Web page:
Why Community Schools Are The Key To Our Future

We’ve got the whole world in our school.

By: Kyle Serrette

Illustrations by Julianna Brion.

John H. Reagan High School is located in northeast Austin. In the late 1990s and early 2000s, Reagan’s student body became increasingly poor as middle-class families left the area. In 2003, a student was stabbed to death by her former boyfriend in a school hallway. The incident made headlines and scared away neighborhood families. Students left Reagan in droves. Enrollment dropped from more than 2,000 students to a new low of 600, and the graduation rate hovered just below 50 percent. In 2008, the district threatened to close Reagan.

In reaction, a committee of parents, teachers, and students, brought together by Austin Voices for Education and Youth, formulated a plan to turn Reagan into a community school. The district accepted their plan.

Today, five years after adopting the community school strategy, Reagan is graduating 85 percent of its students, enrollment has more than doubled, and a new early college program has made it possible for Reagan’s students to earn two years of college credits from a nearby community college while still attending high school.

Reagan High School, or any community school for that matter, doesn’t immediately look different than any other school — that is, until you spend some time there.

At 3.8 million square miles, the United States is a big place, with almost 50 million primary and secondary students attending more than 98,000 public schools in 14,000 school districts. Many things unite our vastly different 50 states, but our approach to education is not one of them.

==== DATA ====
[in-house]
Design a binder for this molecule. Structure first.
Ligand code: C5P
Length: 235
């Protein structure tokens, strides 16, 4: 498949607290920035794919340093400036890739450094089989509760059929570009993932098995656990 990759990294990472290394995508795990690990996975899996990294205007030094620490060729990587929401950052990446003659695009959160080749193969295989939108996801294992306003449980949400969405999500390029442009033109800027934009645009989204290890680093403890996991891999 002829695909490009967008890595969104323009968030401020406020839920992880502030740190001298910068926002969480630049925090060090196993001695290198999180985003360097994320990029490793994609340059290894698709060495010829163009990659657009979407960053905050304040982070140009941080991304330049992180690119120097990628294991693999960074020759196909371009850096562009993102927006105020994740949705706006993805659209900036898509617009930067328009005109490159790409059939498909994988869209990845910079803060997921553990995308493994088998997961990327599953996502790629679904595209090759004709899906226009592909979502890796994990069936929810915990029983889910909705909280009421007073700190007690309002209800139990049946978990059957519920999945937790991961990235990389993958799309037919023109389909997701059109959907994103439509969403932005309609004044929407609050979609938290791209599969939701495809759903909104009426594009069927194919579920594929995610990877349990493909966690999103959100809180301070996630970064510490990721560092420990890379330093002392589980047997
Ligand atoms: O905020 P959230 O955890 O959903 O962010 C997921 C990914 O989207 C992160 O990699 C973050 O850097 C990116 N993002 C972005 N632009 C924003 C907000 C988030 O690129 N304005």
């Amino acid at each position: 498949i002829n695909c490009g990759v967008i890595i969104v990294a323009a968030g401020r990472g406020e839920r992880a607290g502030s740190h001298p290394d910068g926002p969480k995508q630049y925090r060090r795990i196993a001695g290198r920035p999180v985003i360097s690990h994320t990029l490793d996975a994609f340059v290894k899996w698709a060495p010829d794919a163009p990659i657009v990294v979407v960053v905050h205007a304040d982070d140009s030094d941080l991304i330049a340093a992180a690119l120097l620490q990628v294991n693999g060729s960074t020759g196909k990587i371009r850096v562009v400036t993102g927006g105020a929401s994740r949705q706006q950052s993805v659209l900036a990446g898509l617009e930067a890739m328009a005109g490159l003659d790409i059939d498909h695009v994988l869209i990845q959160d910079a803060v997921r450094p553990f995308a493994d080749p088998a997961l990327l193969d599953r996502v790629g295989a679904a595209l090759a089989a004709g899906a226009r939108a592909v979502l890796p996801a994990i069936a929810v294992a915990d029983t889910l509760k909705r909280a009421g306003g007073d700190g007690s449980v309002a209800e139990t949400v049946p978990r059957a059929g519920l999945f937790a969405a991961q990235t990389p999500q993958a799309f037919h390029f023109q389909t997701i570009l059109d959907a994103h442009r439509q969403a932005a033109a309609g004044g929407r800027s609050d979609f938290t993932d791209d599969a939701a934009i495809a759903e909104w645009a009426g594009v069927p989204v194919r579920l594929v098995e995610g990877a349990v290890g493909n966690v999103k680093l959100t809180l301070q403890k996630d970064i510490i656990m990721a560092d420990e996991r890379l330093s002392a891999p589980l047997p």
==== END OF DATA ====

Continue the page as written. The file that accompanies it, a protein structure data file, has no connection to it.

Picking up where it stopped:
It is fair to say that the United States does not have one approach to education. Rather, it has thousands of pedagogical approaches that fit into roughly the same structure (elementary, middle, high school).

If the universe of poorly funded public schools in the United States were the night sky on a clear night, you would find some really bright stars and a lot of jarring empty space. The problem with a scattershot approach to education in such a vast country is that there’s no effective way to share successful practices.

Thousands of schools in poor neighborhoods fail generation after generation, while other schools with the same demographics and challenges have found ways to succeed and break the cycle of failure. Today, if you are a business, nonprofit, or any type of entity, it is quite hard to figure out if a school wants help or what kind of help it needs. Most schools lack a clear analysis of what they need to help improve outcomes, and if they do have a clear understanding of needs, most lack a point person to manage partnerships.

Unfortunately, there is also no sound system for sharing successful strategies from schools that are getting it right. This is analogous to a heart surgeon developing a revolutionary life-saving approach and only telling people she bumped into about it. Yet that’s basically how our education system works in the United States.


While poor schools have taken many paths to transform themselves into successful schools, one particular path has worked again and again. There are 5.1 million children enrolled in approximately 5,000 community schools in the United States, and those numbers are growing quickly. In New York, mayoral candidate Bill de Blasio promised to create 100 community schools. As mayor, he has fulfilled that campaign promise and recently announced a plan to grow that number to 200 by 2017.

Philadelphia mayoral candidate Jim Kenney announced a plan to open 25 new community schools during his first term. This past December, Ras Baraka, mayor of Newark, announced a plan to scale up community schools with a tentative commitment of $12.5 million from the Foundation for Newark’s Future, the organization created to manage the $100 million that Facebook founder Mark Zuckerberg donated to the city in 2010 to reform the city’s floundering school system.